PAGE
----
Orientational metaphors deal with direction. For instance, we have this idea that up means good/happy and down means bad/unhappy.

    Ontological metaphors describe a situation where we have made someone and entity and can now refer to and categorize them by that entity. The two types are metonymy (when one things stands in place for another) and synecdoche (where a part stands in for the whole to put emphasis on certain qualities). This also helps us quantify them as things that can be discretely bounded. Examples are (26-27):

    • Referring: “working towards peace”
    • Quantifying: “a lot of patience”
    • Identifying Aspects: “pace of modern life”
    • Setting goals and motivating actions:  “find true happiness”

    Container metaphors: can bound and area that does not such clear boundaries or does not bound at all. “Are you in the race?” This lets them be quantified as an amount of substance that might not actually exist.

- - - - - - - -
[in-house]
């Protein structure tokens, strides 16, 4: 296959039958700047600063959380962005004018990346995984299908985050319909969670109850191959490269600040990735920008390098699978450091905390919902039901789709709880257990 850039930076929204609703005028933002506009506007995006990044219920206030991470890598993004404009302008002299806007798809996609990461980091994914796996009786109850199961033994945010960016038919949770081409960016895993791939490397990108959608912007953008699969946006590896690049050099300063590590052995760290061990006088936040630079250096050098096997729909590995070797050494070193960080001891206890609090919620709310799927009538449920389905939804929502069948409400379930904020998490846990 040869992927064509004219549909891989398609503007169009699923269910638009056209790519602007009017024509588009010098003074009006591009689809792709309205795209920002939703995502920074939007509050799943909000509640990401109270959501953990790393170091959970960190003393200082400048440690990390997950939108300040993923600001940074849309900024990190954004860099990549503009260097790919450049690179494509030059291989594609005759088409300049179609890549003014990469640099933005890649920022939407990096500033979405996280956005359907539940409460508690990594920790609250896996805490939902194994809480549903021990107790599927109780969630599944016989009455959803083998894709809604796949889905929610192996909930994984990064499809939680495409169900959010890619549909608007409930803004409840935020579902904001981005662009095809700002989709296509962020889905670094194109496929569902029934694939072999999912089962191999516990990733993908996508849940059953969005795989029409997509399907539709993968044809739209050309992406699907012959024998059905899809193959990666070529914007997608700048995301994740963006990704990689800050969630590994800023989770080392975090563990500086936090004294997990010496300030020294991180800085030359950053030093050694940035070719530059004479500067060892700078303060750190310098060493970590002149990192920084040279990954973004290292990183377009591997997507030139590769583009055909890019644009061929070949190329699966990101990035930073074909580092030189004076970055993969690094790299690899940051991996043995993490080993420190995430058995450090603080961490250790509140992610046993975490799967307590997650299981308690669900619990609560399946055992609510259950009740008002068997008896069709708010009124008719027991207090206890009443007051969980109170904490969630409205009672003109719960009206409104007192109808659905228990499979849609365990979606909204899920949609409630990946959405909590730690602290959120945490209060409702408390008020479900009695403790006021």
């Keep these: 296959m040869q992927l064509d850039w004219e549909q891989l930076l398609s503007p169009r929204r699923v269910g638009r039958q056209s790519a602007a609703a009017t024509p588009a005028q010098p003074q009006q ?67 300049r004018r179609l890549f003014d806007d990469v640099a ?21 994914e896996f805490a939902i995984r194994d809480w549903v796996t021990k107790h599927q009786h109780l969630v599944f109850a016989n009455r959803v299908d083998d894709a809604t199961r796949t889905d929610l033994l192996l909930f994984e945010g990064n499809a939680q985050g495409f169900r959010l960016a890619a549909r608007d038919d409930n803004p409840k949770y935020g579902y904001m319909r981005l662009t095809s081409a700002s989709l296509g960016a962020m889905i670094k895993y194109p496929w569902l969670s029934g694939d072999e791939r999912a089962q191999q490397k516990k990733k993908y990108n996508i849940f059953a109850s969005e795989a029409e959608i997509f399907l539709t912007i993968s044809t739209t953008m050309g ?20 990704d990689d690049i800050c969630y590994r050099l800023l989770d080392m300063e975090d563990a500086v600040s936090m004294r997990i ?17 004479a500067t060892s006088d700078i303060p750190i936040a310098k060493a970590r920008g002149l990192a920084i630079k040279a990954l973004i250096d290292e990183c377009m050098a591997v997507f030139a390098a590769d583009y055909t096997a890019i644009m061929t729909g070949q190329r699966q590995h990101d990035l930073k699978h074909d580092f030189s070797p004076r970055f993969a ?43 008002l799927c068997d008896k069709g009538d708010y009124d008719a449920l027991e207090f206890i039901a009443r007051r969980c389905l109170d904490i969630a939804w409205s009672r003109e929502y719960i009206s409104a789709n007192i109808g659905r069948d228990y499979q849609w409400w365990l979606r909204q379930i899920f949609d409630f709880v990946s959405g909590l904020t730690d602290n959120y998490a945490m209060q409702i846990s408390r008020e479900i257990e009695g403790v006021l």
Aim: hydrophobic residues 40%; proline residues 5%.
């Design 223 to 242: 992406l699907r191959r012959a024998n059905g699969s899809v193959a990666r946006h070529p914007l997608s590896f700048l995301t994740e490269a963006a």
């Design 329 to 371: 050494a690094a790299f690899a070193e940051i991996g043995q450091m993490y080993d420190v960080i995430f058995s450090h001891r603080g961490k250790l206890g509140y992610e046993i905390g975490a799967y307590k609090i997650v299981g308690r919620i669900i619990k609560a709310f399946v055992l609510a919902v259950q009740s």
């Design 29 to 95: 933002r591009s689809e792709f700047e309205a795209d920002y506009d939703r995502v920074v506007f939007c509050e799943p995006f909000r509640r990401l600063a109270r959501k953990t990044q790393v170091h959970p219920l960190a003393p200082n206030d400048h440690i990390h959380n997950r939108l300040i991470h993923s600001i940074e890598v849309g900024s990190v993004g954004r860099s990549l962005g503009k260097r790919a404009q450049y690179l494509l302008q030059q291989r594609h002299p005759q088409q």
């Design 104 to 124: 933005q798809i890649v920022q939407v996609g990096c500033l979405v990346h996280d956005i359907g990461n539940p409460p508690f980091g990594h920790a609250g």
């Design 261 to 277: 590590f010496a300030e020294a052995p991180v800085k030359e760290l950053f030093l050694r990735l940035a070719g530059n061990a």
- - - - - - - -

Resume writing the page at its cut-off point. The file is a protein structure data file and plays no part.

Metaphors have the power to highlight and hide things of the speakers choosing. Michael Reddy calls this a “conduit metaphor” and structures such rhetoric this way (pg 10):

    • Ideas (or meanings) are objects
    • Linguistic expressions are containers
    • Communication is sending  

    Lakoff & Johnson still emphasize context and speaker in order for a metaphor to be successfully performed and understood.

    Towards the end of his paper he argues from a greater collaboration from those who are objectionists and subjectivenists. He offers a third option which he calls “experientialist synthesis.” He feels that metaphor best combines reason and imagination (193). “Reason, at the very least, involves categorization, entailment, and inference. Imagination, in one of its many aspects, involves seeing one kind of thing in terms of another kind of thing–what we have called metaphorical though. Metaphor is thus imaginative rationality” (193). 

    Why I think this is relevant: